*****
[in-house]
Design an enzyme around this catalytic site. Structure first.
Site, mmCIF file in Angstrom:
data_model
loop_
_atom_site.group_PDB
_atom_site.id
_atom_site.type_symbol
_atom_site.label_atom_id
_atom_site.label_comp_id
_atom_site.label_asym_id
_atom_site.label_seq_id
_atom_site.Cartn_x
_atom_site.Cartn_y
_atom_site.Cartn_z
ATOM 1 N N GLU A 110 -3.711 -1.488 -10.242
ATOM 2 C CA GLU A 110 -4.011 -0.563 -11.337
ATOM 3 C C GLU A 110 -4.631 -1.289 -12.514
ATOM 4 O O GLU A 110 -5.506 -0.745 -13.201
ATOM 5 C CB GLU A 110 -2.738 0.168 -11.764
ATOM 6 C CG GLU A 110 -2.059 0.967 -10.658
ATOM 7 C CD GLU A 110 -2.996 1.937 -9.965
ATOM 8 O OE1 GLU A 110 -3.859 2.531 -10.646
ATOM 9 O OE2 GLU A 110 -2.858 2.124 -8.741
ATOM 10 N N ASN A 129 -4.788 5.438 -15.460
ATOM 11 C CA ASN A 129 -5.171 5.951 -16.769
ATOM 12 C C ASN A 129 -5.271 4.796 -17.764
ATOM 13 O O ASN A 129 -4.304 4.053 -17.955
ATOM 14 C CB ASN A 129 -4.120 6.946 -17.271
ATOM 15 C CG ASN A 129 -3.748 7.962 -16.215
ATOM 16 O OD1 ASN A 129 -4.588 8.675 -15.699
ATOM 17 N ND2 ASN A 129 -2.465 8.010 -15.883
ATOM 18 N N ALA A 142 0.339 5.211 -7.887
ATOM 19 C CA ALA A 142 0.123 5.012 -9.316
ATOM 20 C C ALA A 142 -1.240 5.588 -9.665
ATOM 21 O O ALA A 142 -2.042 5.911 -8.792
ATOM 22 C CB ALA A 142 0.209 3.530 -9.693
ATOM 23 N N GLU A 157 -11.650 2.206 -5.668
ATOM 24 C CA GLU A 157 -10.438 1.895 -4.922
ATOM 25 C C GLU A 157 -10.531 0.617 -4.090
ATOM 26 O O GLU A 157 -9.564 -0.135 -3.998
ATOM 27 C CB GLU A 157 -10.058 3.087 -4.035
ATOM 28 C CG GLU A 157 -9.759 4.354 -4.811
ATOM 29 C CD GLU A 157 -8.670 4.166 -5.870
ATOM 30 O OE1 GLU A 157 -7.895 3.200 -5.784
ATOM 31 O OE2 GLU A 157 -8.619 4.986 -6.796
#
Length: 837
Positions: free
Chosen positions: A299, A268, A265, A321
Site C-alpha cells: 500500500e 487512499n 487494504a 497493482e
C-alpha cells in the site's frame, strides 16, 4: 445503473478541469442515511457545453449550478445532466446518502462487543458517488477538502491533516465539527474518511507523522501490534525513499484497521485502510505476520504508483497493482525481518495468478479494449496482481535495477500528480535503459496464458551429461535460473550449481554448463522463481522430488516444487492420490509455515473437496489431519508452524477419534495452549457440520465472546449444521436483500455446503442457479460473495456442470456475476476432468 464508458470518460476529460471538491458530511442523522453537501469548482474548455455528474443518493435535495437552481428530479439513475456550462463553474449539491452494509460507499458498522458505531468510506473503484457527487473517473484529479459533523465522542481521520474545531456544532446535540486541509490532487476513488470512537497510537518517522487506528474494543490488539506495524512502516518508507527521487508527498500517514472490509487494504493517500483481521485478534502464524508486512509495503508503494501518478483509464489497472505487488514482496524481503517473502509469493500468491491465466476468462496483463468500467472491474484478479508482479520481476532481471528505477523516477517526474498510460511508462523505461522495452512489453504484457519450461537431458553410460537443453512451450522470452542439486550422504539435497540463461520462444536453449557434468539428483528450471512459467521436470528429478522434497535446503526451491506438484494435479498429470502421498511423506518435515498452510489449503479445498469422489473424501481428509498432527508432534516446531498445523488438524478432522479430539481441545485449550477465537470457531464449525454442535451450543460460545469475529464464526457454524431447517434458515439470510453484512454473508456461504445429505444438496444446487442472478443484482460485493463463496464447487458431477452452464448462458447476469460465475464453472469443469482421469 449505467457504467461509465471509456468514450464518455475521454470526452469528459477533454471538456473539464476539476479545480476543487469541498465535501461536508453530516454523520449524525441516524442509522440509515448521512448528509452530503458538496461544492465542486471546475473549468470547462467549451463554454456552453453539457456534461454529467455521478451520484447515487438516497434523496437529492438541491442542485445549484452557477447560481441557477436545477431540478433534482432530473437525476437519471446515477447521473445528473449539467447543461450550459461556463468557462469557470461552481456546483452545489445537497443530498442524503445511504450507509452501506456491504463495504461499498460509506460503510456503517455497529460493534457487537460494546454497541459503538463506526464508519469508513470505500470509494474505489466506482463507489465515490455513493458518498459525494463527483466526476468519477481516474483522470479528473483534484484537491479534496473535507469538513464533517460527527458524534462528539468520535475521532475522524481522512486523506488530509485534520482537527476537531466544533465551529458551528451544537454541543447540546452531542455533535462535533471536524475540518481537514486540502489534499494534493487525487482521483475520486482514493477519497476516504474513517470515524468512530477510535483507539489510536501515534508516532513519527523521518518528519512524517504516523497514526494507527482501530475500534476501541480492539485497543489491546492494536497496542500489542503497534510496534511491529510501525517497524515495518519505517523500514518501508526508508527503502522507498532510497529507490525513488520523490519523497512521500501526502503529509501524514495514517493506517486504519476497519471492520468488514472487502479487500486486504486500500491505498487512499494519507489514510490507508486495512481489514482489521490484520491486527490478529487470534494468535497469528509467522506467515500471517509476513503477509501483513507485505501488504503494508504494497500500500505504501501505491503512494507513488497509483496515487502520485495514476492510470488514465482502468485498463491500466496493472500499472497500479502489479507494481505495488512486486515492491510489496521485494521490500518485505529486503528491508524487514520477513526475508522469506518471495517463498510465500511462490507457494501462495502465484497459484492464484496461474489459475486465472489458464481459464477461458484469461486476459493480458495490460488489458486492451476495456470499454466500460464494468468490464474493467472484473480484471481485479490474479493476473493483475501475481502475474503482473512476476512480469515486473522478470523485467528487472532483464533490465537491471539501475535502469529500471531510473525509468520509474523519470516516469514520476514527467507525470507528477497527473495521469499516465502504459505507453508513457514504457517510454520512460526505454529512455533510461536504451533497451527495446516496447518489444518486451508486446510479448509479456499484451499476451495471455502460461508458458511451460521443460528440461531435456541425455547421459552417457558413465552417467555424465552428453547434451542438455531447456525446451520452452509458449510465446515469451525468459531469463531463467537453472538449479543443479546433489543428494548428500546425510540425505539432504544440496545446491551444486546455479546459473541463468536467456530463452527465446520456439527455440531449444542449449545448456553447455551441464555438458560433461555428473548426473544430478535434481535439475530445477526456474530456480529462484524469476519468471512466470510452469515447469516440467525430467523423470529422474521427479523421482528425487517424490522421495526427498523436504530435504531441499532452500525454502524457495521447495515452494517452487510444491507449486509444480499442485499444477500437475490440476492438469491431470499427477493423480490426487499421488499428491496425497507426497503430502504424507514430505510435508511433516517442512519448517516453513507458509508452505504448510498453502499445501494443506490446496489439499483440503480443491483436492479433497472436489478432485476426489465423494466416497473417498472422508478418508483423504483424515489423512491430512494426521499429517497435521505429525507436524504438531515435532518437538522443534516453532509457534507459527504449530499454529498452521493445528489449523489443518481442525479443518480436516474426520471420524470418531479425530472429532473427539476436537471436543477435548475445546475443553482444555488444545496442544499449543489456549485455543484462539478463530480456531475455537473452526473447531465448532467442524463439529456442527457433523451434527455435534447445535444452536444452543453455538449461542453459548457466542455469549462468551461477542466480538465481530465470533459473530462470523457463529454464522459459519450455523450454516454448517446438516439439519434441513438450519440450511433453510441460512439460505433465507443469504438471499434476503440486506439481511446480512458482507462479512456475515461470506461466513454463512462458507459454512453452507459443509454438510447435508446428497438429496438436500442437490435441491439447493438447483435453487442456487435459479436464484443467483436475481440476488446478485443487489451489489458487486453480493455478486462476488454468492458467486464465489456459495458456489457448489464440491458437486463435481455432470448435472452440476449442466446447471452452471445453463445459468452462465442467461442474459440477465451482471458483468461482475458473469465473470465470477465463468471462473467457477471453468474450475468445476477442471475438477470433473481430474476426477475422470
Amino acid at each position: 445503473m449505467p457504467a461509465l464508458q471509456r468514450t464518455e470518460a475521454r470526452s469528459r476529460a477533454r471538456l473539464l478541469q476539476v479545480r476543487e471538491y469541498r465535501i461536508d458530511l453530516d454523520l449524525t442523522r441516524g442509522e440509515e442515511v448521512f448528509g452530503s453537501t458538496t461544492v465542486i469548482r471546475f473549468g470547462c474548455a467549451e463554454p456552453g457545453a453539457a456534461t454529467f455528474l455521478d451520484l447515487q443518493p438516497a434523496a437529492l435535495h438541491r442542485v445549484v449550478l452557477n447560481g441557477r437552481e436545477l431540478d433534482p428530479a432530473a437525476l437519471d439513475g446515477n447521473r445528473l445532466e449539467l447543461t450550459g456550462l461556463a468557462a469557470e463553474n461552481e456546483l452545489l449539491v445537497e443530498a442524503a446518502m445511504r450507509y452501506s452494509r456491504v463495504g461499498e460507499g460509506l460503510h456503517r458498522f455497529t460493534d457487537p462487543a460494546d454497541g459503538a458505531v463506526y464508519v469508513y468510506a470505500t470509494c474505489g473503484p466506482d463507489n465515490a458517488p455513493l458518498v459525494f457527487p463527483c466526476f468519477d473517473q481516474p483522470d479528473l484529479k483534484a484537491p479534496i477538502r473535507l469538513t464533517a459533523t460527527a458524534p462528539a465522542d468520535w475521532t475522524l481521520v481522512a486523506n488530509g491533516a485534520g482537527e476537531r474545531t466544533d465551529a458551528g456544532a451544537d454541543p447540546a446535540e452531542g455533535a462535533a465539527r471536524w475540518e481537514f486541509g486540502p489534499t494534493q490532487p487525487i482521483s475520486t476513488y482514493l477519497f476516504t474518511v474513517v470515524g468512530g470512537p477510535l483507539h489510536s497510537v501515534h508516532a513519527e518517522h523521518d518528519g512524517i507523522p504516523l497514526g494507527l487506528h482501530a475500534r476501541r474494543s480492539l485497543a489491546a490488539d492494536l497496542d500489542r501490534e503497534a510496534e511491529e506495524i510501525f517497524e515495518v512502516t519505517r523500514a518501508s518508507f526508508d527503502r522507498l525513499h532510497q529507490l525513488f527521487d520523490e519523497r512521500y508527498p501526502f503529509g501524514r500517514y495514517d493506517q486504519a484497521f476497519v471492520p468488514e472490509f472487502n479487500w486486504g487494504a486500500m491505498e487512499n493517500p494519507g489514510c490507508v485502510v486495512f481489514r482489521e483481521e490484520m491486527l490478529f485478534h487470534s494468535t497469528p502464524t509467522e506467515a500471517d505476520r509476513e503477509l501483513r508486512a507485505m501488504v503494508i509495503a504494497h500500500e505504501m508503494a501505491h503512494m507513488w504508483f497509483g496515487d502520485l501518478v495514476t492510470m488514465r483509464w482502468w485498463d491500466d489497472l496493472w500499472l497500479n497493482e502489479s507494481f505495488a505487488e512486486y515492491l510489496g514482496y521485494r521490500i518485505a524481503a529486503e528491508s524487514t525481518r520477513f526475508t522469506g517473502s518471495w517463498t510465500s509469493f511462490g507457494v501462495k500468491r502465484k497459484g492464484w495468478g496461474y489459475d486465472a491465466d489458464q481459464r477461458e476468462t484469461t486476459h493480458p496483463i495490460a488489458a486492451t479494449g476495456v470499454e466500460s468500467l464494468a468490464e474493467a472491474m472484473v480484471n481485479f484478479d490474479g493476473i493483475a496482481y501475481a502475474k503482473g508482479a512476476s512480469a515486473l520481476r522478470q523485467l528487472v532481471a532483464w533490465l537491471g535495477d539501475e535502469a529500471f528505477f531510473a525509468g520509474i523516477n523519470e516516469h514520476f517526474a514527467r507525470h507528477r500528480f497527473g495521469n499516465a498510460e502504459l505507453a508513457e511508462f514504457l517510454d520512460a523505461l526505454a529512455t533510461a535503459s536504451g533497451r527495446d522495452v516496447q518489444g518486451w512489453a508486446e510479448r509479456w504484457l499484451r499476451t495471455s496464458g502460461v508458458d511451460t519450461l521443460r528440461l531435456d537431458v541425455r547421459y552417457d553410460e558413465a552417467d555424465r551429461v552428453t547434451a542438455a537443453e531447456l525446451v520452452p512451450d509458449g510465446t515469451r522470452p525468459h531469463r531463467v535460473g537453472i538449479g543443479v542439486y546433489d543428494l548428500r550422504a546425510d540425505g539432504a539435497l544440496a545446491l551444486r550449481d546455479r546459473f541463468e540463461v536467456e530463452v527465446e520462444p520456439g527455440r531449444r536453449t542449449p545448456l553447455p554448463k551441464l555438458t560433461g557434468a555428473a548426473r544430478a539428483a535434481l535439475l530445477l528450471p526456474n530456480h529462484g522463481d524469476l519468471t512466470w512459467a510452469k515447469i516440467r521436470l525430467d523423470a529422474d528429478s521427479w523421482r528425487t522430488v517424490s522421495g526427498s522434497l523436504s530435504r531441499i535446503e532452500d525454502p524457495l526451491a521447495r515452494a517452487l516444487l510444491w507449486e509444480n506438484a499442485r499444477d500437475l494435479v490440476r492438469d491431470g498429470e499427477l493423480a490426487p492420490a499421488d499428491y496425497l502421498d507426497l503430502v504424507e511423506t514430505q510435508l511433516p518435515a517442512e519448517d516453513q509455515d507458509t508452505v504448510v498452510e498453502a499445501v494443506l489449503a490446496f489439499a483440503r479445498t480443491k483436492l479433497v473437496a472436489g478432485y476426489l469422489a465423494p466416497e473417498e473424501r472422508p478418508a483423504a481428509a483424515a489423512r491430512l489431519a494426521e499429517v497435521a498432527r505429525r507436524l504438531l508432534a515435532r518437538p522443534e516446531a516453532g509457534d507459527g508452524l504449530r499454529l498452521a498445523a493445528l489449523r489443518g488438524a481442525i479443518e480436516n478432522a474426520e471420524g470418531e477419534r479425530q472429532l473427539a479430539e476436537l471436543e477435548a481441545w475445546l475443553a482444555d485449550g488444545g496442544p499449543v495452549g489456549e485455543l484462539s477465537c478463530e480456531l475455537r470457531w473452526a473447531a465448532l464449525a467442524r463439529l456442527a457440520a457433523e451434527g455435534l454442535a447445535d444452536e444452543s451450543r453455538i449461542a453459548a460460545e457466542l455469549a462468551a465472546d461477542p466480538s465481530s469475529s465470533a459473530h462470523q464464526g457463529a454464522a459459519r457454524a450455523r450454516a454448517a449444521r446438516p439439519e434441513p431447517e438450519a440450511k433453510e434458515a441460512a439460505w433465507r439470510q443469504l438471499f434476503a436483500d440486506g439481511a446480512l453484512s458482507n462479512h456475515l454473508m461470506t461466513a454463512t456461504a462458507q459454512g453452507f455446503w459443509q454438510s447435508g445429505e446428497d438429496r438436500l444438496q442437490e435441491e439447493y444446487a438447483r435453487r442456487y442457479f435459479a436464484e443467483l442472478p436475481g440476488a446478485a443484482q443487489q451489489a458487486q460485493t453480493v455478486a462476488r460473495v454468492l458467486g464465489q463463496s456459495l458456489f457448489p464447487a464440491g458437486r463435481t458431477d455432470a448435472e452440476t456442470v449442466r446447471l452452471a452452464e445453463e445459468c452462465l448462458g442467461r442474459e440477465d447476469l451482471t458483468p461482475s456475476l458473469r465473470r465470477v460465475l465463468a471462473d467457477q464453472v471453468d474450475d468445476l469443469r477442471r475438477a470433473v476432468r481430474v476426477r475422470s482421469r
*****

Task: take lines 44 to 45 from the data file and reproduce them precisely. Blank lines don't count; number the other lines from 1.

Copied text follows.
ATOM 29 C CD GLU A 157 -8.670 4.166 -5.870
ATOM 30 O OE1 GLU A 157 -7.895 3.200 -5.784